The sexual assault scandals that have plagued both Conservatives and Labour for the last two weeks have cast a dark shadow over both parties' failure to protect many of their youngest and most vulnerable members. Even though some MPs have been wrongly forced to resign from ministerial positions due to ridiculous tabloid headlines, like Michael Fallon for example, other incidents have shown many activists still feel too intimidated and frightened to come forward with their own stories.

"It is astonishing political parties cannot follow the example set by institutions that work with vulnerable people"

One Conservative Party member I spoke to once suggested the party should have safeguarding measures in place in the wake of Elliott Johnson's suicide in 2015. When I was chairman of a Conservative Future group, I was astounded there was no safeguarding policy in place when it was brought to my attention one member I knew was supposedly being abused by another. It meant the party could essentially do nothing about it unless the whistleblower or the abused went to the police themselves. It is astonishing political parties cannot follow the example set by institutions that work with vulnerable people, like schools and hospitals, and adopt safeguarding policies to defend their junior activists.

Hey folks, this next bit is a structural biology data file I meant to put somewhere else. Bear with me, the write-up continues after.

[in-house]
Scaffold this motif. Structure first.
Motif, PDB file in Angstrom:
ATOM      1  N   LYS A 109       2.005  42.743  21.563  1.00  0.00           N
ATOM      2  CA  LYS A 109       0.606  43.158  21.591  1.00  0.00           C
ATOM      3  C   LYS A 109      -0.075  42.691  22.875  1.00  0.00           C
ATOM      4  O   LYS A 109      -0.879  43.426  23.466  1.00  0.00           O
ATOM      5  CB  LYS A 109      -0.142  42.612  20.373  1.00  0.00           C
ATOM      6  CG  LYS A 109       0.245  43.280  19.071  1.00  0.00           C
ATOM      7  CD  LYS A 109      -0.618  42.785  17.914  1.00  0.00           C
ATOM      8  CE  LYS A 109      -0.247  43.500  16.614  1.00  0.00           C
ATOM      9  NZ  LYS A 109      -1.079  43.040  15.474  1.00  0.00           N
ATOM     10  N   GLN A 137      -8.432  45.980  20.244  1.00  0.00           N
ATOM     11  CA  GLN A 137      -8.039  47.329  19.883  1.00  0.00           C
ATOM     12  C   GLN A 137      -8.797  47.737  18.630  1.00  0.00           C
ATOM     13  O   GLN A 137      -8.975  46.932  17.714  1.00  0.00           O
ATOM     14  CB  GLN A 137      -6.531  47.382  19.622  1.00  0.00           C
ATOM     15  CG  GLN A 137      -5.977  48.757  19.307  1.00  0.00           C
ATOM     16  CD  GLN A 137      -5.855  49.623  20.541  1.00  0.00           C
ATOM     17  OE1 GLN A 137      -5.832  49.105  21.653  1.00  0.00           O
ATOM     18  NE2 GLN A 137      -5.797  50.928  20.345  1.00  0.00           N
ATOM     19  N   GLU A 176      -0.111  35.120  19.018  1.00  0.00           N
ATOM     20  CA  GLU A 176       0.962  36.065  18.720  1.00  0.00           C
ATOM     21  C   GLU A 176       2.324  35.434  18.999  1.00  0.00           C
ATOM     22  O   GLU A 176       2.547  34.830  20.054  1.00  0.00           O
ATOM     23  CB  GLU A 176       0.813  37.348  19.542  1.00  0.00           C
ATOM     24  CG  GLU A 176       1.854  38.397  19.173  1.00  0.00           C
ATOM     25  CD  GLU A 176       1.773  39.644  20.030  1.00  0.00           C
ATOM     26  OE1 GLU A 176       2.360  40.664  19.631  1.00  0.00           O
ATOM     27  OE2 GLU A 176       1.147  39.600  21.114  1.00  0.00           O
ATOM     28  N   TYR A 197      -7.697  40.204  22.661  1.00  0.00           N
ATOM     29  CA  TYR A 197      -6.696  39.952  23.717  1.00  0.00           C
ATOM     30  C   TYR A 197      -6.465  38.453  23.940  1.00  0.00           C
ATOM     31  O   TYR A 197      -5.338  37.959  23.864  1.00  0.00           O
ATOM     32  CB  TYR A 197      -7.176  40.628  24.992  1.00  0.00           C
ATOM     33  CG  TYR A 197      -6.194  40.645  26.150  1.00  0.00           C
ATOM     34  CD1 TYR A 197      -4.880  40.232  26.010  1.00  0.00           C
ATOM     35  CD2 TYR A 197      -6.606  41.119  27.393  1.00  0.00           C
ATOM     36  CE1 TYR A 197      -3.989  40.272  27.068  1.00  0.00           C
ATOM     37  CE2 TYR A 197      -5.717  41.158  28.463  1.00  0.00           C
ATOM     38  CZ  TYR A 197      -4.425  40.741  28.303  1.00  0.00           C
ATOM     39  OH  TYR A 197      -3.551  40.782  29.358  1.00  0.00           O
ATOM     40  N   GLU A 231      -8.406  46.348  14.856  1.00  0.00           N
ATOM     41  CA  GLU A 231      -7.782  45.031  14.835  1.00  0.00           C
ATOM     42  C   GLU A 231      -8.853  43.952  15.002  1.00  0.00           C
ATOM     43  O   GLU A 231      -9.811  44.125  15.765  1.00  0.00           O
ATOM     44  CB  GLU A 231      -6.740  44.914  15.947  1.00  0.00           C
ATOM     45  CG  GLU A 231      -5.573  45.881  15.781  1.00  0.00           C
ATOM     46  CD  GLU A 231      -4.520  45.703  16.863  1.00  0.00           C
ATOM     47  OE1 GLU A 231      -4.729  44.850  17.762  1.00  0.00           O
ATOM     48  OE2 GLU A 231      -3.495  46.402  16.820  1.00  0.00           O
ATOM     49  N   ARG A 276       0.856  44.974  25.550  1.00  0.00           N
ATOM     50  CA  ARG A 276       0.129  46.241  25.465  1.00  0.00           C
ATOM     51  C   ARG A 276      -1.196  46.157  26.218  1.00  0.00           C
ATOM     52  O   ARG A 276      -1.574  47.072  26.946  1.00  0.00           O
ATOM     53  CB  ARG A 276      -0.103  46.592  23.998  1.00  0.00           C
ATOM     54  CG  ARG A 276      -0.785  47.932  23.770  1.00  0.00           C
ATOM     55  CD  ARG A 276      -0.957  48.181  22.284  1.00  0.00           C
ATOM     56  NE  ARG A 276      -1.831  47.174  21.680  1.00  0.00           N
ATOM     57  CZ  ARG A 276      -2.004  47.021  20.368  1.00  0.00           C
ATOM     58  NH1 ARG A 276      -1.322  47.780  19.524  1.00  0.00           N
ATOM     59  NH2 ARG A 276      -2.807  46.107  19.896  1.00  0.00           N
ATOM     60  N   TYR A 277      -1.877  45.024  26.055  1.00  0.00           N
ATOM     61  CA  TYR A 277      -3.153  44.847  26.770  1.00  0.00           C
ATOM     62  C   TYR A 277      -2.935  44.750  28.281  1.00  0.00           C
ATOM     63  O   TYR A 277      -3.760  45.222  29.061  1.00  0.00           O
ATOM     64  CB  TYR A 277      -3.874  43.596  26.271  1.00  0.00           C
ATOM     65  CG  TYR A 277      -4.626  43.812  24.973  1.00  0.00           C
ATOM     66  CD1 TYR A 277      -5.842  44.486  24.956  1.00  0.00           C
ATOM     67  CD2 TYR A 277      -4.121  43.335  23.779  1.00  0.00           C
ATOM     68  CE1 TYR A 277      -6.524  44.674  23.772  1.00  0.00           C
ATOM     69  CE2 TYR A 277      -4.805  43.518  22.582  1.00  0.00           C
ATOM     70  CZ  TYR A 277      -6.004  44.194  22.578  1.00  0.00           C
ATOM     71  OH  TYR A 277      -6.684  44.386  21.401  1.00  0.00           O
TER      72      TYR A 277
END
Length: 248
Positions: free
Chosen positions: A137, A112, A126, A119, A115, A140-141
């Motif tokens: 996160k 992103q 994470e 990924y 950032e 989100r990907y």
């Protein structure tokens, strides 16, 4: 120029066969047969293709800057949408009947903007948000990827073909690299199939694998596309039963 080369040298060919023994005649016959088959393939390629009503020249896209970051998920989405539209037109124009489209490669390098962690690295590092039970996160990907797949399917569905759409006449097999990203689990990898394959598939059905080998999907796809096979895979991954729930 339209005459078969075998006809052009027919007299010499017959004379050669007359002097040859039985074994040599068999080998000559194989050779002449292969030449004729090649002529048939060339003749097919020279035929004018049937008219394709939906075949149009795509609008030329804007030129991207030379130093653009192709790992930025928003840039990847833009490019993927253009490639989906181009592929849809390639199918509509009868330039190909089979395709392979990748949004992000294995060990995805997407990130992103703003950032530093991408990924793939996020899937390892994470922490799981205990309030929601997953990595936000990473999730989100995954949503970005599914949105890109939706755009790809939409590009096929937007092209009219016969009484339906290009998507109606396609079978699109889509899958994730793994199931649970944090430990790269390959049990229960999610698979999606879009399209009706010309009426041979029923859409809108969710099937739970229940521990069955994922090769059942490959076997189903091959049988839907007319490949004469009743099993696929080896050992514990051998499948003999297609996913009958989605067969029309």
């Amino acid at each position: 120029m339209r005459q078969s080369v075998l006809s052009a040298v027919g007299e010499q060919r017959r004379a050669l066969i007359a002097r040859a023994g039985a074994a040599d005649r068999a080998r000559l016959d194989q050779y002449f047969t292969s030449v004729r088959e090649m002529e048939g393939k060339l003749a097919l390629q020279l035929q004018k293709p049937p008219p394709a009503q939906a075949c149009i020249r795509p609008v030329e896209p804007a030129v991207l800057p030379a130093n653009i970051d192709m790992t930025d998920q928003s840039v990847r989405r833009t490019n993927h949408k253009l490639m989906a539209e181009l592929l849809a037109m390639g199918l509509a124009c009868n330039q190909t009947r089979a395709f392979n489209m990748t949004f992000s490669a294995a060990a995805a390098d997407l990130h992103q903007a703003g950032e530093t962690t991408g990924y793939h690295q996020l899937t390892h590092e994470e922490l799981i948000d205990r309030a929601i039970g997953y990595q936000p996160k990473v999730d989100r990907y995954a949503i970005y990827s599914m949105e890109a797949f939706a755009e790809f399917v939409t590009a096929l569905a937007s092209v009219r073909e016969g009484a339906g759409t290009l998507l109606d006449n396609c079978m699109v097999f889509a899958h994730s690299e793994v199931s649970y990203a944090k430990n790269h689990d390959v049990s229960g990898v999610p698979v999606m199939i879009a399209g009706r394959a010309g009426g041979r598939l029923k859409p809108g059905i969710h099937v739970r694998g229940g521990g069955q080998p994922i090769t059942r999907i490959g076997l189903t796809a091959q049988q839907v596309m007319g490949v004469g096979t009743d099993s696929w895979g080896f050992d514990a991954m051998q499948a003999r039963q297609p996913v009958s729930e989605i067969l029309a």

The latest incident brought to Blasting News' attention which involved racism in the Conservative Party at Southampton demonstrates that at a grassroots level, many older members are making younger ones feel unwelcome due to their race or gender. Actively trying to stop someone from being selected as a local election candidate because of the colour of their skin is a practice that belongs in a bygone age.

That is not to say every single member of a political party is like that. The majority of activists are hard-working, committed, friendly and treat others in their party like family. In every local party, there are bound to be a few rotten people who spoil politics for the majority of members, but luckily they are in the minority.

"Joining a political party can be a daunting experience"

Joining a political party can be a daunting experience for anyone under the age of 21. Some people I know have joined at the age of 11. Older and more experienced activists can be intimidating for these youngsters. To think their political party does not have a safeguarding officer who they can report inappropriate behaviour to must make many of them feel alone and isolated, especially in the case of Southampton Itchen Conservative Association, who buried a racist incident and failed to deal with it. If this association had a safeguarding representative, they could have taken this scandal further and protected those affected by it.

All the political parties have agreed to introduce a code of conduct to protect parliamentary staff. If more incidents regarding racism, bullying and harassment come to light in local parties, it is time the main political parties adopted similar measures at a grassroots level too.